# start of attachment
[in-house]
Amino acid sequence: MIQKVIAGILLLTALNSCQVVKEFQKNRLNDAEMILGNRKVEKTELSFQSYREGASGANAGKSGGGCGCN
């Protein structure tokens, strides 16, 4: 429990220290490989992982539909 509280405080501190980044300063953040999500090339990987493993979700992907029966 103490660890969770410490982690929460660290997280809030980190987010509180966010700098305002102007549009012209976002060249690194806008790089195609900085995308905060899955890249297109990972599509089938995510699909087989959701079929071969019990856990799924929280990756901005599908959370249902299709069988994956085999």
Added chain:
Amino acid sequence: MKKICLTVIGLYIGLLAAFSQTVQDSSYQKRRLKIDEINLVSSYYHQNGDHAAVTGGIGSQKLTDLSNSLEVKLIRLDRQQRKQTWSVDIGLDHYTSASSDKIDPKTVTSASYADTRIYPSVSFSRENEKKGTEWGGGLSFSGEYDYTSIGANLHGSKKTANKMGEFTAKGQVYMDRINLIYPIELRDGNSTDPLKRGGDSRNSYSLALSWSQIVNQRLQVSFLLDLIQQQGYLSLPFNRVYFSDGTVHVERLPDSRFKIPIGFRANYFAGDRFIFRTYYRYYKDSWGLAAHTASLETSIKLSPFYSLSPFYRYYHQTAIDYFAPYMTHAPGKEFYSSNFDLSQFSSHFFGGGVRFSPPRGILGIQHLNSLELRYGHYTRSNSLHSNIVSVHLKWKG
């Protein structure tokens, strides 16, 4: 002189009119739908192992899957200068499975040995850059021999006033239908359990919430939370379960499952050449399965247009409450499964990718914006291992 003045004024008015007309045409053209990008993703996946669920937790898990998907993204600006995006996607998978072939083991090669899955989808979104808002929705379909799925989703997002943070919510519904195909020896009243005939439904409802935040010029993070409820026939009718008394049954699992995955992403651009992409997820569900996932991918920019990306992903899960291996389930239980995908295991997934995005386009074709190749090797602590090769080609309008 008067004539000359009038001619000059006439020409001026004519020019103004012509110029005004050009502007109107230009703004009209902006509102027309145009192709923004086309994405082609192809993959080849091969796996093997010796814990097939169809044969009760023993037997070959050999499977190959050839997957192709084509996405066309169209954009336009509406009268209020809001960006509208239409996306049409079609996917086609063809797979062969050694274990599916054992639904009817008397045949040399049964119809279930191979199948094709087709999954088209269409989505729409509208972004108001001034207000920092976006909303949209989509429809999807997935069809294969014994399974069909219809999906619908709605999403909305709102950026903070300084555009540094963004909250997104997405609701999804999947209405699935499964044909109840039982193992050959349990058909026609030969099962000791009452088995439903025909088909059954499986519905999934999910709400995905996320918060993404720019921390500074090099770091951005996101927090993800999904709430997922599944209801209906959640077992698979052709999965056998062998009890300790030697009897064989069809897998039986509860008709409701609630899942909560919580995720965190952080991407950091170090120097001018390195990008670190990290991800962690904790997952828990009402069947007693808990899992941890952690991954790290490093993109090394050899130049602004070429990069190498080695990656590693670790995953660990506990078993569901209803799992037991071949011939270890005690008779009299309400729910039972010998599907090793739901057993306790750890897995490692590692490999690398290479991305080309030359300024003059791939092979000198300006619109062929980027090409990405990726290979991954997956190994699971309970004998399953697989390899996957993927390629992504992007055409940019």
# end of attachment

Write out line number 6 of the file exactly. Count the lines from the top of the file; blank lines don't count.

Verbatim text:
């Protein structure tokens, strides 16, 4: 002189009119739908192992899957200068499975040995850059021999006033239908359990919430939370379960499952050449399965247009409450499964990718914006291992 003045004024008015007309045409053209990008993703996946669920937790898990998907993204600006995006996607998978072939083991090669899955989808979104808002929705379909799925989703997002943070919510519904195909020896009243005939439904409802935040010029993070409820026939009718008394049954699992995955992403651009992409997820569900996932991918920019990306992903899960291996389930239980995908295991997934995005386009074709190749090797602590090769080609309008 008067004539000359009038001619000059006439020409001026004519020019103004012509110029005004050009502007109107230009703004009209902006509102027309145009192709923004086309994405082609192809993959080849091969796996093997010796814990097939169809044969009760023993037997070959050999499977190959050839997957192709084509996405066309169209954009336009509406009268209020809001960006509208239409996306049409079609996917086609063809797979062969050694274990599916054992639904009817008397045949040399049964119809279930191979199948094709087709999954088209269409989505729409509208972004108001001034207000920092976006909303949209989509429809999807997935069809294969014994399974069909219809999906619908709605999403909305709102950026903070300084555009540094963004909250997104997405609701999804999947209405699935499964044909109840039982193992050959349990058909026609030969099962000791009452088995439903025909088909059954499986519905999934999910709400995905996320918060993404720019921390500074090099770091951005996101927090993800999904709430997922599944209801209906959640077992698979052709999965056998062998009890300790030697009897064989069809897998039986509860008709409701609630899942909560919580995720965190952080991407950091170090120097001018390195990008670190990290991800962690904790997952828990009402069947007693808990899992941890952690991954790290490093993109090394050899130049602004070429990069190498080695990656590693670790995953660990506990078993569901209803799992037991071949011939270890005690008779009299309400729910039972010998599907090793739901057993306790750890897995490692590692490999690398290479991305080309030359300024003059791939092979000198300006619109062929980027090409990405990726290979991954997956190994699971309970004998399953697989390899996957993927390629992504992007055409940019």